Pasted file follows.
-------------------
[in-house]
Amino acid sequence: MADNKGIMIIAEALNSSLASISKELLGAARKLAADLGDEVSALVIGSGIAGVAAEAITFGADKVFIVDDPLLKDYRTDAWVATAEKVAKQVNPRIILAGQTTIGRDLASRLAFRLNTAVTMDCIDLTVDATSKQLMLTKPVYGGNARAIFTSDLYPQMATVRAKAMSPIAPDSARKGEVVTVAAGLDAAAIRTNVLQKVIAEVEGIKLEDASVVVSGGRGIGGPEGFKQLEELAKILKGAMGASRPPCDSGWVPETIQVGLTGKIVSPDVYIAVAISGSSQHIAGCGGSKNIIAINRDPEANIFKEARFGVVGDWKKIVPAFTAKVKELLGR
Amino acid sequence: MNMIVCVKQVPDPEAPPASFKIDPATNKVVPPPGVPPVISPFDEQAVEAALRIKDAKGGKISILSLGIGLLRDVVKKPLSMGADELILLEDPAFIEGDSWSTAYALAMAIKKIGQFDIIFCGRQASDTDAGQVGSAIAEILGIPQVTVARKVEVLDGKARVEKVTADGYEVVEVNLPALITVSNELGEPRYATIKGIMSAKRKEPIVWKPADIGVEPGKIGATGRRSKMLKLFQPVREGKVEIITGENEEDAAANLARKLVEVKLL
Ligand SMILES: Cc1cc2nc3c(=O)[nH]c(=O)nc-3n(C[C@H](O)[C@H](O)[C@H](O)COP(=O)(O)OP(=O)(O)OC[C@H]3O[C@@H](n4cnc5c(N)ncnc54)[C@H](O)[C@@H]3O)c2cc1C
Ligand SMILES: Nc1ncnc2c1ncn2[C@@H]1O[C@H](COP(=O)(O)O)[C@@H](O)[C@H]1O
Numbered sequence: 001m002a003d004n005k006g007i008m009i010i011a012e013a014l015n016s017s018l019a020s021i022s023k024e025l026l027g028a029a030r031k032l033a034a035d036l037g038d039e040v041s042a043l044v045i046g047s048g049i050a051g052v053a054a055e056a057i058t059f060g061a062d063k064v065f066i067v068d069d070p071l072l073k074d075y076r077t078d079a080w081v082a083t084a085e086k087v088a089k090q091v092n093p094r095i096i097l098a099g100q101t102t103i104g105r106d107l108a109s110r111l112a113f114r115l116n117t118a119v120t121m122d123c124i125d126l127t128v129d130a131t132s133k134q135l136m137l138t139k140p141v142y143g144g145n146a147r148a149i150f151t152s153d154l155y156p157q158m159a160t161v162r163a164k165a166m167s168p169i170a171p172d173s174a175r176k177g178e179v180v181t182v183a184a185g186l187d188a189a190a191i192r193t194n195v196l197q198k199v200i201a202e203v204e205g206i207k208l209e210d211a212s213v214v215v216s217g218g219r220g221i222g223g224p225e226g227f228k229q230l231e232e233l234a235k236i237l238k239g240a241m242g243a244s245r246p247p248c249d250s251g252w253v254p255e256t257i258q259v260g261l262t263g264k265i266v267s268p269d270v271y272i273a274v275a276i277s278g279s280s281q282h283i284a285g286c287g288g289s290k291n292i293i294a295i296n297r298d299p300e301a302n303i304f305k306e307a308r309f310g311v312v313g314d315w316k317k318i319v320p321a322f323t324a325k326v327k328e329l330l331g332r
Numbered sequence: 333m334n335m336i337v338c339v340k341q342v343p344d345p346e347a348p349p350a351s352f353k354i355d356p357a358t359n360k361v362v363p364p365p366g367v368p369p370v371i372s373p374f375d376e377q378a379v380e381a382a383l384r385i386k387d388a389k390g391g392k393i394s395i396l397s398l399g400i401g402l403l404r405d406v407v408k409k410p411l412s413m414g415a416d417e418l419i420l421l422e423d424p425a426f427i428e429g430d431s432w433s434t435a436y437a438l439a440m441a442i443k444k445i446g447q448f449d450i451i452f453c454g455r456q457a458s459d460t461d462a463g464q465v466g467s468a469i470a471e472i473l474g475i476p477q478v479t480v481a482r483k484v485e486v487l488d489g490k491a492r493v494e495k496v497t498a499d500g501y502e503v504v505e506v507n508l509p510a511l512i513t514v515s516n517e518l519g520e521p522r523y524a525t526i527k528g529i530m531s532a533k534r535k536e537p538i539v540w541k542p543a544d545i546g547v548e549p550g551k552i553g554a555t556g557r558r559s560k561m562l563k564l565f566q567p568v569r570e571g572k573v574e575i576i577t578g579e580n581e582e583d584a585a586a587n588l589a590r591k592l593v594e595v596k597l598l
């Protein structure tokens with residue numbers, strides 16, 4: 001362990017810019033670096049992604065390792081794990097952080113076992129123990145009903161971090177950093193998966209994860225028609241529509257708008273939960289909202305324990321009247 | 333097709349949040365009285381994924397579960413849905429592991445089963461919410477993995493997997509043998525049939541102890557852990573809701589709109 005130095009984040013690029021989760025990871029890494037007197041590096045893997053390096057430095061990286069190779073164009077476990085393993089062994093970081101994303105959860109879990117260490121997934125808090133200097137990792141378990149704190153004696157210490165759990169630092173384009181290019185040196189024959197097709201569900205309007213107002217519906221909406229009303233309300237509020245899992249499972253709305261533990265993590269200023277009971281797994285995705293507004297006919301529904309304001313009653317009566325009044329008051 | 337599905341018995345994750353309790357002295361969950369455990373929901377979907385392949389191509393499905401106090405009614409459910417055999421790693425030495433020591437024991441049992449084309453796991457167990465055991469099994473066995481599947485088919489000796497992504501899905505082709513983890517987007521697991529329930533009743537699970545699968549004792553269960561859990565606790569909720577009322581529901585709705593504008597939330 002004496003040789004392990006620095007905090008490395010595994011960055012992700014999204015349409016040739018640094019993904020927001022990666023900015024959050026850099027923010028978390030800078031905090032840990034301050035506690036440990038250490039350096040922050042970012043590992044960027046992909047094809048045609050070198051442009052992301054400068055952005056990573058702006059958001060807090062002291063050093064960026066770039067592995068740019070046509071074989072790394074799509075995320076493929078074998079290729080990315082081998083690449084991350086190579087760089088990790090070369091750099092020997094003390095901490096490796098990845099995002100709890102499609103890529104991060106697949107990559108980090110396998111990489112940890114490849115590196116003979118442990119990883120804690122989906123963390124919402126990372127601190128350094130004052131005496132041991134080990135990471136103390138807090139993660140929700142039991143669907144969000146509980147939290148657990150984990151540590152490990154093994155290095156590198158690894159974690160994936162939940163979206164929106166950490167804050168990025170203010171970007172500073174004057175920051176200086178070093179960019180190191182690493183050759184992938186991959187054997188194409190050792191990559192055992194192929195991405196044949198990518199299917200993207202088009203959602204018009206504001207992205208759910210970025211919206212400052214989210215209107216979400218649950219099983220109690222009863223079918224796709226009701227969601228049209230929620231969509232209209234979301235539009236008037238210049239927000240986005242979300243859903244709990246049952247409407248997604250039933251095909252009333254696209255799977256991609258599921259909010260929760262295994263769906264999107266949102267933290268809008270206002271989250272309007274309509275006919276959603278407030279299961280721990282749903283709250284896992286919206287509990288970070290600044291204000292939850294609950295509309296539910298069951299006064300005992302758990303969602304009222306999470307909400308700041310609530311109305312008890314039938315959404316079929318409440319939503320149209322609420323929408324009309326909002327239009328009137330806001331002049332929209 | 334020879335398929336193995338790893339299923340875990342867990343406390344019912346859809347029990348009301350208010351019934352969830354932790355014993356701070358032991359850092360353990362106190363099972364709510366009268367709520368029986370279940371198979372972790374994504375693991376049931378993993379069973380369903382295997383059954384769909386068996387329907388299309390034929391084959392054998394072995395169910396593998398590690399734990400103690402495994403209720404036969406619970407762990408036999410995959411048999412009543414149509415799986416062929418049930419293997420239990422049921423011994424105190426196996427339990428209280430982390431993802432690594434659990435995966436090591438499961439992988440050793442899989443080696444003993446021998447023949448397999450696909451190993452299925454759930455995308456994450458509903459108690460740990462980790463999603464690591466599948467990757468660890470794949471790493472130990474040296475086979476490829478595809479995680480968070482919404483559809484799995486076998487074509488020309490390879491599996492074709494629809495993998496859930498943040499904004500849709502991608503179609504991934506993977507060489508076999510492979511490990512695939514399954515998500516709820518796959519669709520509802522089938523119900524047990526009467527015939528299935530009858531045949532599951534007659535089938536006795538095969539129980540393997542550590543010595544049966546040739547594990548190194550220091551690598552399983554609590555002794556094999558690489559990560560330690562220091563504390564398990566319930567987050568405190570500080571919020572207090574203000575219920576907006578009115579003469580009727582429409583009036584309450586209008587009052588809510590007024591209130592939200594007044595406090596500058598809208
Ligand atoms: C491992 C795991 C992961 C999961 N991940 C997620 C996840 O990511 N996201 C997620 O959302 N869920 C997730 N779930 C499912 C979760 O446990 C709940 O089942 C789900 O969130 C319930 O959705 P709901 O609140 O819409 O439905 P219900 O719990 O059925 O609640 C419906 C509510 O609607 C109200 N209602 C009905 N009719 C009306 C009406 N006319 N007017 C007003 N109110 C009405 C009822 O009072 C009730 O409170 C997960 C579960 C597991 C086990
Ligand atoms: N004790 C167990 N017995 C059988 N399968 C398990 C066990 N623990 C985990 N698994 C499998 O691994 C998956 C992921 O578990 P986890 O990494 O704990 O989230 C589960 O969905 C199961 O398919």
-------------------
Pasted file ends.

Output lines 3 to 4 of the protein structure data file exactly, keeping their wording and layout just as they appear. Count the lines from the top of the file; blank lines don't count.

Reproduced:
Amino acid sequence: MNMIVCVKQVPDPEAPPASFKIDPATNKVVPPPGVPPVISPFDEQAVEAALRIKDAKGGKISILSLGIGLLRDVVKKPLSMGADELILLEDPAFIEGDSWSTAYALAMAIKKIGQFDIIFCGRQASDTDAGQVGSAIAEILGIPQVTVARKVEVLDGKARVEKVTADGYEVVEVNLPALITVSNELGEPRYATIKGIMSAKRKEPIVWKPADIGVEPGKIGATGRRSKMLKLFQPVREGKVEIITGENEEDAAANLARKLVEVKLL
Ligand SMILES: Cc1cc2nc3c(=O)[nH]c(=O)nc-3n(C[C@H](O)[C@H](O)[C@H](O)COP(=O)(O)OP(=O)(O)OC[C@H]3O[C@@H](n4cnc5c(N)ncnc54)[C@H](O)[C@@H]3O)c2cc1C